OCASI Presentation - Prevention Of Sexual Abuse of Patients


OCASI was invited by the Task Force reviewing the Regulated Health Professions Act (1991) to participate in consultations on the Prevention of the Sexual Abuse of Patients.

The Task Force was appointed by Dr. Eric Hoskins, Minister of Health and Long-Term Care (Ontario), to begin its review in January 2015. Consultations began in late February 2015.

The OCASI presentation to the Task Force focused on the experience of immigrant and refugee women, and women without immigration status, and included the included the following recommendations:

OCASI's Recommendations to the Minister's Sexual Abuse Task Force on the Prevention of the Sexual Abuse of Patients
and the Regulated Health Professions Act, 1991

  1. The information on patients' rights should be created in an accessible format.  The communication materials should be easy to understand, provided in multiple languages (not just French), materials should also be created using AODA standards, provide information on action steps when abuse does occur: both in terms of reporting and support for victims.  Materials should include not just information on responding to sexual violence but information on Prevention.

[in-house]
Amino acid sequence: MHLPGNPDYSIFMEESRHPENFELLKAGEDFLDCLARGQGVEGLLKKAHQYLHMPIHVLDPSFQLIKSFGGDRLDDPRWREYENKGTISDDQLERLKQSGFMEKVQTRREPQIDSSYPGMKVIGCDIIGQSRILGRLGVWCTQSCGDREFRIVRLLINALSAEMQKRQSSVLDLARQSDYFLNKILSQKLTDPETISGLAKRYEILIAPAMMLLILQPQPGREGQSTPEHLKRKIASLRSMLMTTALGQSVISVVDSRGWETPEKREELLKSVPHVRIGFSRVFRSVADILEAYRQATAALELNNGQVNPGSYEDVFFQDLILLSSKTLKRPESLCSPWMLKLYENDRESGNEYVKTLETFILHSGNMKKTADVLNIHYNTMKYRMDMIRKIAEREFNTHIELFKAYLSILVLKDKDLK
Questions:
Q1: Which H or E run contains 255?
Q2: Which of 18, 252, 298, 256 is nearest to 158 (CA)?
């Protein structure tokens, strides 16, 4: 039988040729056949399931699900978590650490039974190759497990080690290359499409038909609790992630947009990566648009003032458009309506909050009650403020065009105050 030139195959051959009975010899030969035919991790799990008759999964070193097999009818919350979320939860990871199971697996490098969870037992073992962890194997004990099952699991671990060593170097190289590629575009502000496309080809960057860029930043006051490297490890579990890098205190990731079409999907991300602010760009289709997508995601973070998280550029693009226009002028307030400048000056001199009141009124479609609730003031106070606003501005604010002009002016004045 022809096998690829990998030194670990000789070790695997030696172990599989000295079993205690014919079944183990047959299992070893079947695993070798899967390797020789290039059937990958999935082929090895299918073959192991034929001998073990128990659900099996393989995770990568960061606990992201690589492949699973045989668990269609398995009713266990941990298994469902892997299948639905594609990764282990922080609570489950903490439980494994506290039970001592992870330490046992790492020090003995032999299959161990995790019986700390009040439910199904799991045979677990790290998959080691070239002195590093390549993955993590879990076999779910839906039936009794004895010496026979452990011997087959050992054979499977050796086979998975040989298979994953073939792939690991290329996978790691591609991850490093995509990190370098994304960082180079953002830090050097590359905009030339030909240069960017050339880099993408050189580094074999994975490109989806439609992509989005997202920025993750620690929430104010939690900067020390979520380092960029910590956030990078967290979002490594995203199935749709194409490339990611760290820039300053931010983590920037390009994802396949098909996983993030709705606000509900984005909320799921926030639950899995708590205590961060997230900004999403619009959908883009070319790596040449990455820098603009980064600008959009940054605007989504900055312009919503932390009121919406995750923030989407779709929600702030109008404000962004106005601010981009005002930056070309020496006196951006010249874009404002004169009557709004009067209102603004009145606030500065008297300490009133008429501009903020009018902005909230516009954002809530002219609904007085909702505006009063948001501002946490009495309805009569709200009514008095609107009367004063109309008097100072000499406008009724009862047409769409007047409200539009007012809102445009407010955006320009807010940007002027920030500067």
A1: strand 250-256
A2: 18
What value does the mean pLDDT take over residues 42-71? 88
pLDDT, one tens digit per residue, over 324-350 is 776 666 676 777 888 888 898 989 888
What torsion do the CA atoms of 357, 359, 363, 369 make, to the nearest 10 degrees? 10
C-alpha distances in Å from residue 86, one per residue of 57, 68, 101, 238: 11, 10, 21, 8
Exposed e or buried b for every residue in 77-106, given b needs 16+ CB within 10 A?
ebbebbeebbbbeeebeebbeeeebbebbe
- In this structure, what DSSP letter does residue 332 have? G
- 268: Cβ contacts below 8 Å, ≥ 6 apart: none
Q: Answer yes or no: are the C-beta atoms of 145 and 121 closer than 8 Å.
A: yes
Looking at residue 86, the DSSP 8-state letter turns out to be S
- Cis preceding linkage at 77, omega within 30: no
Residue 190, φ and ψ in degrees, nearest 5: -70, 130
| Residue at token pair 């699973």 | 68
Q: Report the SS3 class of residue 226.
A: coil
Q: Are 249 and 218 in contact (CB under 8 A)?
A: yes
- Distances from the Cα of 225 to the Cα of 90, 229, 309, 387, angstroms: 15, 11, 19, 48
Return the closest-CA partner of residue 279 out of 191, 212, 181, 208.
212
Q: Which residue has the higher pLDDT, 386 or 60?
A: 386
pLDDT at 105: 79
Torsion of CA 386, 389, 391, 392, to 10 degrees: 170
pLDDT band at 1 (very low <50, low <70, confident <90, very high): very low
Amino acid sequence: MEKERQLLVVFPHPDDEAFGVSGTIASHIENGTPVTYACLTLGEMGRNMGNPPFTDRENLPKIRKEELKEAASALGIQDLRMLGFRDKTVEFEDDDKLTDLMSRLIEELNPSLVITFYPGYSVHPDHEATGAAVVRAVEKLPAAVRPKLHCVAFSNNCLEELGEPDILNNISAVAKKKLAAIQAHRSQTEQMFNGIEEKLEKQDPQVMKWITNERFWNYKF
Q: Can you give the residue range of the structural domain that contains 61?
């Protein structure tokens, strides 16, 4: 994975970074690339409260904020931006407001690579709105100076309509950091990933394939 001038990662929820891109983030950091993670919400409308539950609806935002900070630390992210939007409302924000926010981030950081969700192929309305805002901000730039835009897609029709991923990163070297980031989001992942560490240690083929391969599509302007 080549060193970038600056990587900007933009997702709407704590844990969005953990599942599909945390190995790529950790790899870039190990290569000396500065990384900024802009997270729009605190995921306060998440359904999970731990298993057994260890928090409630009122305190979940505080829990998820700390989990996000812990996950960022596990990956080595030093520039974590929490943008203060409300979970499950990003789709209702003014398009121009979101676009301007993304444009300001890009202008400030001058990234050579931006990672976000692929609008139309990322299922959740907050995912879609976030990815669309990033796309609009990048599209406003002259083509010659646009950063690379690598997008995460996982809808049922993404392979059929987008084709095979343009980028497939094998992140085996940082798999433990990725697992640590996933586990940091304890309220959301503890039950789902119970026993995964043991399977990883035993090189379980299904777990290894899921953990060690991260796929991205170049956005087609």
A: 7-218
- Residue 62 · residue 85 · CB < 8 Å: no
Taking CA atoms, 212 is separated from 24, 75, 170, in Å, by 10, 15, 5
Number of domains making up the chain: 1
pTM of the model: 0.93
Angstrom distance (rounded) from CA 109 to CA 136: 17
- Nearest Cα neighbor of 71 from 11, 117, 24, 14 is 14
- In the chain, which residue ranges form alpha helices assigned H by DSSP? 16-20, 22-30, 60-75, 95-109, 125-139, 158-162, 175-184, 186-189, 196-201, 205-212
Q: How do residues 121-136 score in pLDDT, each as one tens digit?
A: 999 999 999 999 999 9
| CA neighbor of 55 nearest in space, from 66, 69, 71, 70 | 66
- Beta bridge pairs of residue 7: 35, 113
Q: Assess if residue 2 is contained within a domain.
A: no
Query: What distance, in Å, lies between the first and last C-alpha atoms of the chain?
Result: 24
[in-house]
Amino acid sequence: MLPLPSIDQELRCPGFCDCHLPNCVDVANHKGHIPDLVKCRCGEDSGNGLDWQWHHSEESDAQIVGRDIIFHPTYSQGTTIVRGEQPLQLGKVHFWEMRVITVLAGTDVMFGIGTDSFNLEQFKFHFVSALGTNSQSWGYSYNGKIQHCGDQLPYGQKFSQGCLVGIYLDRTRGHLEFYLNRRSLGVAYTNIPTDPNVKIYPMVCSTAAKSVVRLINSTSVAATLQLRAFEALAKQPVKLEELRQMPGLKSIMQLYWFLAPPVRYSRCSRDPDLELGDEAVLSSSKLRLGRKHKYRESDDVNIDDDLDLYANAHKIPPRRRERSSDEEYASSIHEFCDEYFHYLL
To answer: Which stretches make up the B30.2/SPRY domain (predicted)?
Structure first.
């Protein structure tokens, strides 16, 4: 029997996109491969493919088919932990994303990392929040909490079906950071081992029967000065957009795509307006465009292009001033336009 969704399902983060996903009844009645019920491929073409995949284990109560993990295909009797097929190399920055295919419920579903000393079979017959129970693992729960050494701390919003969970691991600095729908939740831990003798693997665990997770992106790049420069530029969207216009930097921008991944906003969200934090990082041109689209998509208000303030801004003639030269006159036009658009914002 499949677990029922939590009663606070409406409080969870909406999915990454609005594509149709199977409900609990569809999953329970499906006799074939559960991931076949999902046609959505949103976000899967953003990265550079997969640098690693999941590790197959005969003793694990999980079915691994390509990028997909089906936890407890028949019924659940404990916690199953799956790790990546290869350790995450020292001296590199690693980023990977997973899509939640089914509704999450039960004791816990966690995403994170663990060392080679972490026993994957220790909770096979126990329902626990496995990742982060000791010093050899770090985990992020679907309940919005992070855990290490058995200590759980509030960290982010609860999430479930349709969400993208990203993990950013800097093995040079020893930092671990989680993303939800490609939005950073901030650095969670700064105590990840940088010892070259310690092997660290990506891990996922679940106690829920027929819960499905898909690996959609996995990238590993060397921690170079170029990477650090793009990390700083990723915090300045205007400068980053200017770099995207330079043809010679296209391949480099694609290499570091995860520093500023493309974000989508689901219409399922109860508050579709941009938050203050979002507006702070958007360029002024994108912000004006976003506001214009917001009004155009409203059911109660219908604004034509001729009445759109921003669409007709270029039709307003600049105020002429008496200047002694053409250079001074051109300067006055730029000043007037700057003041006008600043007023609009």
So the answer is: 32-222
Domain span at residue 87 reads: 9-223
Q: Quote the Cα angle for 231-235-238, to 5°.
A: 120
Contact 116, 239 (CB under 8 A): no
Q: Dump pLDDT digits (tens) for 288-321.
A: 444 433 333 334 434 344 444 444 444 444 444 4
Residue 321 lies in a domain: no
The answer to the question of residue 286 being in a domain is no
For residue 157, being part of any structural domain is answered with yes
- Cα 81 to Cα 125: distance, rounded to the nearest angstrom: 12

2. The communications materials should not just be text-heavy and written communication materials but should be easy to understand visual posters and PSA's on reporting sexual violence posted in hospitals, health care centres, community centres, libraries, etc. 
  3. All patients should have access to free and accessible language interpretation and translation services
  4. Service providers: doctors, nurses, should undergo mandatory  training on what is sexual violence, and what to do when cases occur
  5. In order for women to report sexual violence, they must feel safe to report and not face detention and deportation based on their immigration status.  While this is true in Toronto, it needs to become a province wide initiative. 
  6. Expansion of the definition of sexual violence to include: behaviour perceived to be of a sexual nature which is unwanted and takes place without consent or understanding including sexual innuendo's, sexual harassment, Indecent sexualized exposure, degrading sexual imagery, stalking and Voyeurism
  7. There is inherent weakness in a complaints-driven mechanism because it puts the onus to report on the ‘victim'. Legislation should be clear on what is sexual assault, informed consent, but also have strong deterrents through financial, criminal and other sanctions.  This needs to be backed up with strong regulations that require ongoing oversight by Ministry of Health and regulatory bodies.

Click here for more information about the Task Force.